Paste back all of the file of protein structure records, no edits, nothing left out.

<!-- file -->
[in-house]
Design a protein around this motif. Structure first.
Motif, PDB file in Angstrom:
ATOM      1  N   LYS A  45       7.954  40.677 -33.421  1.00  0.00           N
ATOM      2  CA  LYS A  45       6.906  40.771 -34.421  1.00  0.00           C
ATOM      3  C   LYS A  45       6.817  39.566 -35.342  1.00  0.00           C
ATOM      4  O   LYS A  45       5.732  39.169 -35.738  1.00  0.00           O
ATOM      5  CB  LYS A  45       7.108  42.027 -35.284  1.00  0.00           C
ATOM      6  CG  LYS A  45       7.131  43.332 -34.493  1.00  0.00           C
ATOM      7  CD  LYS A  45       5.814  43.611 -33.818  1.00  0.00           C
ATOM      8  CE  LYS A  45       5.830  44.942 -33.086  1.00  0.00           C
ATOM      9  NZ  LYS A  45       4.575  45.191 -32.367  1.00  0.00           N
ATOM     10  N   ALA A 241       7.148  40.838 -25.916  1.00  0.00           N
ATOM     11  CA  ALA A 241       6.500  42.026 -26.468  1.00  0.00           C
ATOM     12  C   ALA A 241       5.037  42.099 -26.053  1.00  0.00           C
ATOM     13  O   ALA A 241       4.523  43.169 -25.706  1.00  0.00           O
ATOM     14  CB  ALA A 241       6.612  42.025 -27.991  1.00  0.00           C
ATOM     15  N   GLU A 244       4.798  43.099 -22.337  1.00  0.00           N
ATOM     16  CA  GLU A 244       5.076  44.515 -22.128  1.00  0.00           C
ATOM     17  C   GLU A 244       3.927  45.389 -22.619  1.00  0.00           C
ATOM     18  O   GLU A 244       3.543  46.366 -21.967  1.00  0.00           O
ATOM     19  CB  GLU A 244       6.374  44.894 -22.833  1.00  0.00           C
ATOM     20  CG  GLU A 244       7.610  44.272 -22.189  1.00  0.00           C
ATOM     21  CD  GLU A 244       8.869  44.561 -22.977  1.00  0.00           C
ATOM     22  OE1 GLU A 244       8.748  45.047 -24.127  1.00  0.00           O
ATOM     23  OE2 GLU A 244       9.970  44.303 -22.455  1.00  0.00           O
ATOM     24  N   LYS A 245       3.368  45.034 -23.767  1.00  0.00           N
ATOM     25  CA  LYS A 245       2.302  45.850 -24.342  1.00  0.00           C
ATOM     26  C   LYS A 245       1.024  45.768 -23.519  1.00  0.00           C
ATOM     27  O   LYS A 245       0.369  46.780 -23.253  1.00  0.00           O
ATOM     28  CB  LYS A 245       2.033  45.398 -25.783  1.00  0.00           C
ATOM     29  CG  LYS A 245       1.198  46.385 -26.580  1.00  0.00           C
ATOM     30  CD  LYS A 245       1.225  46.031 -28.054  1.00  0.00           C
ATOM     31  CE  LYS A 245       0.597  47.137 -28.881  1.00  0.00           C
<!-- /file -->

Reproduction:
[in-house]
Design a protein around this motif. Structure first.
Motif, PDB file in Angstrom:
ATOM      1  N   LYS A  45       7.954  40.677 -33.421  1.00  0.00           N
ATOM      2  CA  LYS A  45       6.906  40.771 -34.421  1.00  0.00           C
ATOM      3  C   LYS A  45       6.817  39.566 -35.342  1.00  0.00           C
ATOM      4  O   LYS A  45       5.732  39.169 -35.738  1.00  0.00           O
ATOM      5  CB  LYS A  45       7.108  42.027 -35.284  1.00  0.00           C
ATOM      6  CG  LYS A  45       7.131  43.332 -34.493  1.00  0.00           C
ATOM      7  CD  LYS A  45       5.814  43.611 -33.818  1.00  0.00           C
ATOM      8  CE  LYS A  45       5.830  44.942 -33.086  1.00  0.00           C
ATOM      9  NZ  LYS A  45       4.575  45.191 -32.367  1.00  0.00           N
ATOM     10  N   ALA A 241       7.148  40.838 -25.916  1.00  0.00           N
ATOM     11  CA  ALA A 241       6.500  42.026 -26.468  1.00  0.00           C
ATOM     12  C   ALA A 241       5.037  42.099 -26.053  1.00  0.00           C
ATOM     13  O   ALA A 241       4.523  43.169 -25.706  1.00  0.00           O
ATOM     14  CB  ALA A 241       6.612  42.025 -27.991  1.00  0.00           C
ATOM     15  N   GLU A 244       4.798  43.099 -22.337  1.00  0.00           N
ATOM     16  CA  GLU A 244       5.076  44.515 -22.128  1.00  0.00           C
ATOM     17  C   GLU A 244       3.927  45.389 -22.619  1.00  0.00           C
ATOM     18  O   GLU A 244       3.543  46.366 -21.967  1.00  0.00           O
ATOM     19  CB  GLU A 244       6.374  44.894 -22.833  1.00  0.00           C
ATOM     20  CG  GLU A 244       7.610  44.272 -22.189  1.00  0.00           C
ATOM     21  CD  GLU A 244       8.869  44.561 -22.977  1.00  0.00           C
ATOM     22  OE1 GLU A 244       8.748  45.047 -24.127  1.00  0.00           O
ATOM     23  OE2 GLU A 244       9.970  44.303 -22.455  1.00  0.00           O
ATOM     24  N   LYS A 245       3.368  45.034 -23.767  1.00  0.00           N
ATOM     25  CA  LYS A 245       2.302  45.850 -24.342  1.00  0.00           C
ATOM     26  C   LYS A 245       1.024  45.768 -23.519  1.00  0.00           C
ATOM     27  O   LYS A 245       0.369  46.780 -23.253  1.00  0.00           O
ATOM     28  CB  LYS A 245       2.033  45.398 -25.783  1.00  0.00           C
ATOM     29  CG  LYS A 245       1.198  46.385 -26.580  1.00  0.00           C
ATOM     30  CD  LYS A 245       1.225  46.031 -28.054  1.00  0.00           C
ATOM     31  CE  LYS A 245       0.597  47.137 -28.881  1.00  0.00           C